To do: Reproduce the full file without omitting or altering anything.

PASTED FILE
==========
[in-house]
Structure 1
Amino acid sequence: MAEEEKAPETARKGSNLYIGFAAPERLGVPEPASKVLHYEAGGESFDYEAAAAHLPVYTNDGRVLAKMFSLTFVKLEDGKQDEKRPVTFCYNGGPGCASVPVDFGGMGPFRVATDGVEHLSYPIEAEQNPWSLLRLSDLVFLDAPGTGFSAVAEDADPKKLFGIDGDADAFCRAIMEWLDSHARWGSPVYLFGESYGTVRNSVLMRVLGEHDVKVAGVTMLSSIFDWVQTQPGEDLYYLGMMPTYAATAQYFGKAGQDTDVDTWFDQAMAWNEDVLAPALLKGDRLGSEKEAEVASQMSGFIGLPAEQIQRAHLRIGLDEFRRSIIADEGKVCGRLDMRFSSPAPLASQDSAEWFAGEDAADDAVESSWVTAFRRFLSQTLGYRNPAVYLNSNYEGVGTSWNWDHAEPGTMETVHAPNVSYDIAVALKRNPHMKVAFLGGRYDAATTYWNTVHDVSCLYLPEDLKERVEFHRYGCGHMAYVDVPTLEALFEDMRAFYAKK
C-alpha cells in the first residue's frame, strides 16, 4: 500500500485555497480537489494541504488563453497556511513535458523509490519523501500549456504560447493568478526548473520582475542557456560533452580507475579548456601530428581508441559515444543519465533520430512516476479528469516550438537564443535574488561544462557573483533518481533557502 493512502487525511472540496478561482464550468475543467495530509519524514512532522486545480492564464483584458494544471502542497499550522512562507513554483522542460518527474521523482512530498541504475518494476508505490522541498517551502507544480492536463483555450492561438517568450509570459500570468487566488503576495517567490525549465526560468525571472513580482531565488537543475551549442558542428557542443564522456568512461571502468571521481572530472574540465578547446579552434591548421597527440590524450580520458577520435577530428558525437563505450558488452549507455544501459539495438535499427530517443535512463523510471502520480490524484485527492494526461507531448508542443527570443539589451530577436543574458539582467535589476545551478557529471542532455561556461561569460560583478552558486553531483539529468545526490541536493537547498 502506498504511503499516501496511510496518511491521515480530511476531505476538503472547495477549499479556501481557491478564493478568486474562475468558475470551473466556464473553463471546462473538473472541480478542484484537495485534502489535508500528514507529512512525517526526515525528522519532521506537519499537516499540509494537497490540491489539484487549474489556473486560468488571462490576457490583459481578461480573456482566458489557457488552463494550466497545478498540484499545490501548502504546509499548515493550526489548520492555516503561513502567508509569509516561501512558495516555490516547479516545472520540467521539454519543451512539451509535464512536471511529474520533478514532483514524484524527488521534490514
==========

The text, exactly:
[in-house]
Structure 1
Amino acid sequence: MAEEEKAPETARKGSNLYIGFAAPERLGVPEPASKVLHYEAGGESFDYEAAAAHLPVYTNDGRVLAKMFSLTFVKLEDGKQDEKRPVTFCYNGGPGCASVPVDFGGMGPFRVATDGVEHLSYPIEAEQNPWSLLRLSDLVFLDAPGTGFSAVAEDADPKKLFGIDGDADAFCRAIMEWLDSHARWGSPVYLFGESYGTVRNSVLMRVLGEHDVKVAGVTMLSSIFDWVQTQPGEDLYYLGMMPTYAATAQYFGKAGQDTDVDTWFDQAMAWNEDVLAPALLKGDRLGSEKEAEVASQMSGFIGLPAEQIQRAHLRIGLDEFRRSIIADEGKVCGRLDMRFSSPAPLASQDSAEWFAGEDAADDAVESSWVTAFRRFLSQTLGYRNPAVYLNSNYEGVGTSWNWDHAEPGTMETVHAPNVSYDIAVALKRNPHMKVAFLGGRYDAATTYWNTVHDVSCLYLPEDLKERVEFHRYGCGHMAYVDVPTLEALFEDMRAFYAKK
C-alpha cells in the first residue's frame, strides 16, 4: 500500500485555497480537489494541504488563453497556511513535458523509490519523501500549456504560447493568478526548473520582475542557456560533452580507475579548456601530428581508441559515444543519465533520430512516476479528469516550438537564443535574488561544462557573483533518481533557502 493512502487525511472540496478561482464550468475543467495530509519524514512532522486545480492564464483584458494544471502542497499550522512562507513554483522542460518527474521523482512530498541504475518494476508505490522541498517551502507544480492536463483555450492561438517568450509570459500570468487566488503576495517567490525549465526560468525571472513580482531565488537543475551549442558542428557542443564522456568512461571502468571521481572530472574540465578547446579552434591548421597527440590524450580520458577520435577530428558525437563505450558488452549507455544501459539495438535499427530517443535512463523510471502520480490524484485527492494526461507531448508542443527570443539589451530577436543574458539582467535589476545551478557529471542532455561556461561569460560583478552558486553531483539529468545526490541536493537547498 502506498504511503499516501496511510496518511491521515480530511476531505476538503472547495477549499479556501481557491478564493478568486474562475468558475470551473466556464473553463471546462473538473472541480478542484484537495485534502489535508500528514507529512512525517526526515525528522519532521506537519499537516499540509494537497490540491489539484487549474489556473486560468488571462490576457490583459481578461480573456482566458489557457488552463494550466497545478498540484499545490501548502504546509499548515493550526489548520492555516503561513502567508509569509516561501512558495516555490516547479516545472520540467521539454519543451512539451509535464512536471511529474520533478514532483514524484524527488521534490514